Do regulatory restrictions adversely impact competition in
your industry? Should misuse of market power be analysed by its
effect rather than its purpose? Is it effective to have three
different merger clearance processes? What is your experience in
dealing with the ACCC?
You now have the opportunity to comment on these and any other
issues that you see as affecting the competitive process in
Australia. Read on to learn more.
'Root and branch' review of Australia's
competition laws and policy
On 14 April 2014 the Competition Policy Review Panel, appointed
by the Federal Government to conduct a "root and branch"
review of Australia's competition laws and policy, released its
Issues Paper (available
here). The Issues Paper is open for submissions until
10 June 2014.
The review was announced in December 2013 and the Panel
appointed in March 2014. Its overarching objective is to identify
areas for micro-economic reform to stimulate competition and drive
ongoing productivity growth and better standards of living. It is
the first major review since the National Competition Policy Review
(known as the Hilmer review) in 1993 and will take account of
significant changes to the Australian economy over the last twenty
years, such as globalisation, innovation, and demographic
The Terms of Reference for the review are very wide-ranging,
examining not just the working of the current competition laws and
institutions but also any barriers or impediments to competition in
the Australian economy.
The Issues Paper is the first step in the work of the Panel and
proceeds very much as a scoping document, seeking stakeholder
feedback on a series of issues in order to shape the direction of
the review and identify priorities. In releasing the Issues Paper,
Professor Ian Harper, Chair of the Panel, stated:
"[T]hese issues are only a
start and just a guide. Importantly, the Issues Paper is about
asking questions, rather than setting out any concluded or
Indeed the Issues Paper poses over 50 questions. It is
structured into six chapters each containing one or two
"key" questions and a number of sub-questions arising
from the Terms of Reference.
The key questions outlined in the Issues Paper are:
What should be the priorities for a competition policy reform
agenda to ensure that efficient businesses, large or small, can
compete effectively and drive growth in productivity and living
Are there unwarranted regulatory impediments to competition in
any sector in Australia that should be removed or altered?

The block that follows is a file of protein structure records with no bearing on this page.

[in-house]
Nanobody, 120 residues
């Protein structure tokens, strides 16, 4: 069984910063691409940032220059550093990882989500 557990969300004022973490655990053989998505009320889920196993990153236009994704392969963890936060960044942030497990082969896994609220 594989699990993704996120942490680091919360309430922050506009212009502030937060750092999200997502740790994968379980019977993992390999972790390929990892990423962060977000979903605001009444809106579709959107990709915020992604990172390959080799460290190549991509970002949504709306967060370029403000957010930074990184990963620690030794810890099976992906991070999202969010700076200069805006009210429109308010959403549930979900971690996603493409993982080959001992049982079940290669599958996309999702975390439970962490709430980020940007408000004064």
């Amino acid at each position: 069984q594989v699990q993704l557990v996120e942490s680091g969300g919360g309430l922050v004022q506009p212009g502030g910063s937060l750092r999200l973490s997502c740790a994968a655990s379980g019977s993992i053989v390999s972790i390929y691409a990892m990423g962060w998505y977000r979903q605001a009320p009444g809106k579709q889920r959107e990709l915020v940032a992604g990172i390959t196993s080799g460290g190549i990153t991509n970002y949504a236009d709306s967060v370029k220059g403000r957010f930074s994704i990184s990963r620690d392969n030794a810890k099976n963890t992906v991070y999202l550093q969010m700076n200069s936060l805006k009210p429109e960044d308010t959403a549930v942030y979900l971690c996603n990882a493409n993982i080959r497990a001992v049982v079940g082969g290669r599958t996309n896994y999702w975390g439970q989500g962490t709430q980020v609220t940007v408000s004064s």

Are government-provided goods and services delivered in a
manner conducive to competition, while meeting other policy
Is there a need for further competition-related reform in
infrastructure sectors with a history of heavy government
involvement (such as the water, energy and transport sectors)?
Would there be a public benefit in encouraging greater
competition and choice in sectors with substantial government
participation (including education, health and disability care and
Are the current competition laws working effectively to promote
competitive markets, given increasing globalisation, changing
market and social structures, and technological change?
Are competition-related institutions functioning effectively
and promoting efficient outcomes for consumers and the maximum
scope for industry participation?
What institutional arrangements would best support a
self-sustaining process for continual competition policy reform and
How to get involved
You may make a formal submission on any aspect covered by Issues
Paper - or any issue that you believe should be included within the
scope of the review. Alternatively, you may submit your thoughts on
any or all of the 8 key questions outlined above via an online
portal on the review's website. Submissions may be made
The Issues Paper will be followed by a draft report later in
2014 and a final report within 12 months.
The Panel intends to hold extensive public consultation at each
stage of the review including public forums, written submissions,
stakeholder feedback and a conference following the release of its
draft report. Details of consultations will be made available on
the review's website. You can
also subscribe to receive email updates about when and where the
panel is holding consultation meetings.
This newsletter includes links to recent media releases, reports and cases relating to competition and consumer law.
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